“And the point is to live everything. Live the questions now. Perhaps then, someday far into the future, you will gradually, without even noticing it, live your way into the answer.” — Rainer Maria Rilke
I stumble up the last few feet of the steep tundra to Oh! Point during the Hardrock 100, leaning heavily on my poles, laboriously dragging my left leg along, a limb temporarily rendered useless from the agonizing pain in my quad. I pause, looking back to see Vince Heyd pushing his bright yellow full-suspension mountain bike up the hill toward me. Vince, who was posted at the Engineer Aid Station helping cover the race for iRunFar, had graciously proposed to walk with me up to the pass. He also offered the use of his bike to coast the five downhill dirt-road miles into the Grouse Gulch Aid Station. The inability to weight my left leg on the uphills had made the push from Ouray to this point particularly strenuous, taking me close to six hours.
Early in the race, coming down into Chapman Gulch Aid Station, I suffered from cramping and with my quad fully seized, I landed on it with all my weight going downhill. The seized quad, having no more elasticity left, partially tore in two places. While painful, I did not realize the extent of the damage, so I ran on it, hoping it would loosen up for the next 35 miles. But tears do not loosen, they simply tear more. While the uphills were difficult, downhills were an absolute peg-legged mess. It became clear after leaving Ouray that further miles would only aggravate the issue, potentially causing serious long-term damage. By Engineer, I had accepted the fact that I would have to drop from the race, but to do so, I would still have to reach Grouse under my own power.
So, there I am, rocketing down the windy, dirt road on a mountain bike, left leg extended out to the side, Vince running all out next to me, plunging into possibly the most stupendous display of color and light I have ever witnessed in the San Juans.
The sun is setting behind us, rays crackling through thick, dark storm clouds, sheets of rain moving our way. A vivid double rainbow forms ahead, “What does it mean?,” while Handies Peak sits in all of its glory in the last light. For a moment, I forget the disappointment of dropping from the race. The spectacle is so intense that it overwhelms my senses. The advantage of a mechanical issue is that my head and emotions remain unaffected by the injury, so I am able to still appreciate my surroundings.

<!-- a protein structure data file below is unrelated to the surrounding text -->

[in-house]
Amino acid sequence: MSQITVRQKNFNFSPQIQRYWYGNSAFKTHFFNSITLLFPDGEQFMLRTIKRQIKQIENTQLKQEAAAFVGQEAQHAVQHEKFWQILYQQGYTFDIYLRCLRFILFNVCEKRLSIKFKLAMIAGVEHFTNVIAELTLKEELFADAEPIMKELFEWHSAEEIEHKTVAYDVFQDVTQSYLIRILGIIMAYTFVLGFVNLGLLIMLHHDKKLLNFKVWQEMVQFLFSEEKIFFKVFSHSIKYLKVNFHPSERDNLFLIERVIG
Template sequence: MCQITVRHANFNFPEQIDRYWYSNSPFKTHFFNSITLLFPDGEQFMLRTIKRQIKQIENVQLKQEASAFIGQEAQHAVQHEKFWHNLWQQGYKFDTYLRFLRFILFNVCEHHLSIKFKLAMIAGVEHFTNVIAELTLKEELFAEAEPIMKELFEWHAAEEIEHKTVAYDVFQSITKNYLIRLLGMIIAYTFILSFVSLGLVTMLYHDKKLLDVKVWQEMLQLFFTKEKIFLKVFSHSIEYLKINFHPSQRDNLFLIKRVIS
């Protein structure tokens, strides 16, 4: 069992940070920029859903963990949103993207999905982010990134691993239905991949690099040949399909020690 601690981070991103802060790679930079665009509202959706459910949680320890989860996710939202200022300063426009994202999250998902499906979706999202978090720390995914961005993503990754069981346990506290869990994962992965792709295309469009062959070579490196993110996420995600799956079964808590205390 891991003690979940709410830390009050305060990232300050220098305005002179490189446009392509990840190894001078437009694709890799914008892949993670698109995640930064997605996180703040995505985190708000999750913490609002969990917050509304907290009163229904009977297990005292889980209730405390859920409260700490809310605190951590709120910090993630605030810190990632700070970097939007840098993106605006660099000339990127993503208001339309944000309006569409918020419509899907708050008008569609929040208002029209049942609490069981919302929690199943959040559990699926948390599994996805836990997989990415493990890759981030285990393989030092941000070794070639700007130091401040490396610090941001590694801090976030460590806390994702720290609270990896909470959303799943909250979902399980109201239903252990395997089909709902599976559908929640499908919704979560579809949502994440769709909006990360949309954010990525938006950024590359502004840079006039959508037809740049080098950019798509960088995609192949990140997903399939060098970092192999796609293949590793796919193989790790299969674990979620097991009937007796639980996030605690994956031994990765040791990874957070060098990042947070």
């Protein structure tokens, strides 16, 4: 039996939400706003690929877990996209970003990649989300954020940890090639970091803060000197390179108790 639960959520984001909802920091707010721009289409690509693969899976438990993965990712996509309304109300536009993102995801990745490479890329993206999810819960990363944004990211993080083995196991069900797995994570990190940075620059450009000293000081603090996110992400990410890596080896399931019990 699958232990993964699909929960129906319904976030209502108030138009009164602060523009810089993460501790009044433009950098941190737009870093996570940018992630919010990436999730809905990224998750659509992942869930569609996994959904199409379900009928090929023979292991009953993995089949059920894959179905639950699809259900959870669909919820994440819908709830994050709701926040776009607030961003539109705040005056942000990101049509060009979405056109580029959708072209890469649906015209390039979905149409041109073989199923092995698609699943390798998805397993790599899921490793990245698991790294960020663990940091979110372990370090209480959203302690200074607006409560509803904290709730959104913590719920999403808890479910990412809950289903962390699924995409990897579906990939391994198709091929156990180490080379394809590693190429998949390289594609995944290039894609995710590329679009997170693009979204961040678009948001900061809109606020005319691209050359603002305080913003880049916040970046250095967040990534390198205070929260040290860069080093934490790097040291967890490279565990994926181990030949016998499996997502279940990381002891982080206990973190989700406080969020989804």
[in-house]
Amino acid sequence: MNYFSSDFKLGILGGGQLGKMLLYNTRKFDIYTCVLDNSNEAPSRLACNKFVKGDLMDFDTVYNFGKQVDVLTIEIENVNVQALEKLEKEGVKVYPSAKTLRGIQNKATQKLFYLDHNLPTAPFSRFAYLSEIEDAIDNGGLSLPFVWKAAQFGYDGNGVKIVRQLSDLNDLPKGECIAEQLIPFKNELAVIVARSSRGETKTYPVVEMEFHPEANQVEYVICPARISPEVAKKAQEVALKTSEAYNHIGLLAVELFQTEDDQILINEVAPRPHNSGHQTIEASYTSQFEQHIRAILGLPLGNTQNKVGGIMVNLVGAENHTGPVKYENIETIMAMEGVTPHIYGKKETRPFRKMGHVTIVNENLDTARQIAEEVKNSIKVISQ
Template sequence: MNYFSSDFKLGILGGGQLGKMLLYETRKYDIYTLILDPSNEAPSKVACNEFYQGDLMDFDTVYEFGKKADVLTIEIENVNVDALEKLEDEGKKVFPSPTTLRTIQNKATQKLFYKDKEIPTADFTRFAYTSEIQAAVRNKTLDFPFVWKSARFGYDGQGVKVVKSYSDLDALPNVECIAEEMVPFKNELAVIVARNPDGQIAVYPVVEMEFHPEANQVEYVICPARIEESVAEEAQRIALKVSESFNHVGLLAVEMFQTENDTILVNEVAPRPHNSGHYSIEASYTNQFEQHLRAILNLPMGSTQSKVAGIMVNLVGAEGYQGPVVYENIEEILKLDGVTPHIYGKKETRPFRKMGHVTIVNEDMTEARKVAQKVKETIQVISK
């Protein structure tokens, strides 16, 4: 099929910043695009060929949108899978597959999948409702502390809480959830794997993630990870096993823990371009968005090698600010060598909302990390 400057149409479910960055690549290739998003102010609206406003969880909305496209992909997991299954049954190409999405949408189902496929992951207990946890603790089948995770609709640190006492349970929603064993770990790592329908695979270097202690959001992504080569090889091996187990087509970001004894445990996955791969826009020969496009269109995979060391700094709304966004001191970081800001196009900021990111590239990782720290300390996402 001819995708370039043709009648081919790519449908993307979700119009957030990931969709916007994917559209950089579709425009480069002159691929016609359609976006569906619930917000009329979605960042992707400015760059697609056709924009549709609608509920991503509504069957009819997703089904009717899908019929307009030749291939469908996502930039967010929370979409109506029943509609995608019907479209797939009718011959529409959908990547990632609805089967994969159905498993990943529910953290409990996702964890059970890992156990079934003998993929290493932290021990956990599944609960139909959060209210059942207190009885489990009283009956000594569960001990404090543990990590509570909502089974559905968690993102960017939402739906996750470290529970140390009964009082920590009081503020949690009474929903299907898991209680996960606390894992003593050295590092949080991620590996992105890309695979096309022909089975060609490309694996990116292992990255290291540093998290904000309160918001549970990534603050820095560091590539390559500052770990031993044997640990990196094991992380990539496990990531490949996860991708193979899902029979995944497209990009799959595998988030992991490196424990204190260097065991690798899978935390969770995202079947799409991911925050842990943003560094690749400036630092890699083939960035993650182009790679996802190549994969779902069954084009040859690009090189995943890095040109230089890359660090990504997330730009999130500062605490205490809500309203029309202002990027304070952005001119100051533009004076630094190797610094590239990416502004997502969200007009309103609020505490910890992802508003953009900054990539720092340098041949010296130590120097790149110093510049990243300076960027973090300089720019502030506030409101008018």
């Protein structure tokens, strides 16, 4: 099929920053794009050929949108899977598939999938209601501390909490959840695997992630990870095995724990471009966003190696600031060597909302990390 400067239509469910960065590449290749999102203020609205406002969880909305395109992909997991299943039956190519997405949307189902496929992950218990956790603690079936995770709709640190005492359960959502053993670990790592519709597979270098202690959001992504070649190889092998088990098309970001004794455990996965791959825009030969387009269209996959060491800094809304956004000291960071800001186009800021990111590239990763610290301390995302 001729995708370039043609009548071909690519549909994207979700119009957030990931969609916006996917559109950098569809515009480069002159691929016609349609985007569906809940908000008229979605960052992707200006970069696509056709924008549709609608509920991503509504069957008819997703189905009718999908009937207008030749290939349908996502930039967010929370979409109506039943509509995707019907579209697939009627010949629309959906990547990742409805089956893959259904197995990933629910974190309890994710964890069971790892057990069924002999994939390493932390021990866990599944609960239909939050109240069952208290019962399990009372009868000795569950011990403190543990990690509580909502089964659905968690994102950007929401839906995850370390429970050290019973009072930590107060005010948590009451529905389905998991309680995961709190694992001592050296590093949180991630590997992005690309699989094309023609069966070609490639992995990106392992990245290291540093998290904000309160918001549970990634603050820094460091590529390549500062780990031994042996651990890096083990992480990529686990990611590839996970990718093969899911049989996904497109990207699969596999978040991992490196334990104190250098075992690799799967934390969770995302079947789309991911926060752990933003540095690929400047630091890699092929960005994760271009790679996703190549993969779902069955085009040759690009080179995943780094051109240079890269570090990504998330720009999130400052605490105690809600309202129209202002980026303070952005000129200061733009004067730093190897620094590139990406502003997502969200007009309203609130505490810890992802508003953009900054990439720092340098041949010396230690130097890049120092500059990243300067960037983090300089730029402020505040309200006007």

However, beauty in mountains can be deceptive. I am quickly brought back to reality as the thunderstorm explodes above us. We are instantly drenched, bliss rapidly turns to fear as electricity sparks all around. We duck into an old mining cabin to wait out the worst of the storm. Vince is calm and collected. He pulls dry clothes out of his bag, changes his shirt, and hands me a long sleeve which I gladly accept. I am moved by his selflessness and generosity. He spontaneously offered to walk with me up to the pass, gave me his bike, and is now stuck in the storm with me when he could have been long back down to Grouse.
Many times this year, I have been asked what makes the Hardrock Hundred special? What is this “spirit of the race” everyone talks about? It is hard to explain, to condense into a satisfying response, for the answer lies in living the experience. It is found in reuniting with friends at Café Möbius, Dale getting choked when announcing that Kirk is going for his 20th finish, Roch handing you a shot of mezcal on the top of Virginius Pass, Seb waiting to finish together, Anna and Mauricio readying themselves for impromptu pacing, kissing the rock, or Vince lending you his bicycle to brighten your day. It is found in the good and the bad, continuing to run when you thought you were done, having to stop when you thought nothing could prevent you from finishing.
Counting between lightning strikes and thunder, Vince and I decide to take a chance and keep pressing to Grouse. Clenching the handle bars with frozen hands, I notice the yellow rubber wristband I am wearing protruding from my jacket. It reads, “JWD DeWalt Tough.” John finished Hardrock 14 times, his last finish at age 73. He passed away last year and many of us are wearing this band in his memory. He defines tough. For an instant I feel a slight wave of disappointment as if I were letting John down. I think though that John would agree that what makes Hardrock special is not so much the race but the people, the mountains, and the honesty that emerge from a moment shared out in those hills.
Call for Comments (from Meghan)
- For those of us who ran, paced, crewed, or spectated this year’s Hardrock 100, do you have a story that exemplifies the spirit of the race? If so, feel free to share your story in the comments section below.
- What about those of us who have attended Hardrock in some capacity year after year? Care to share with us a story from the past that defines what the race is all about for you?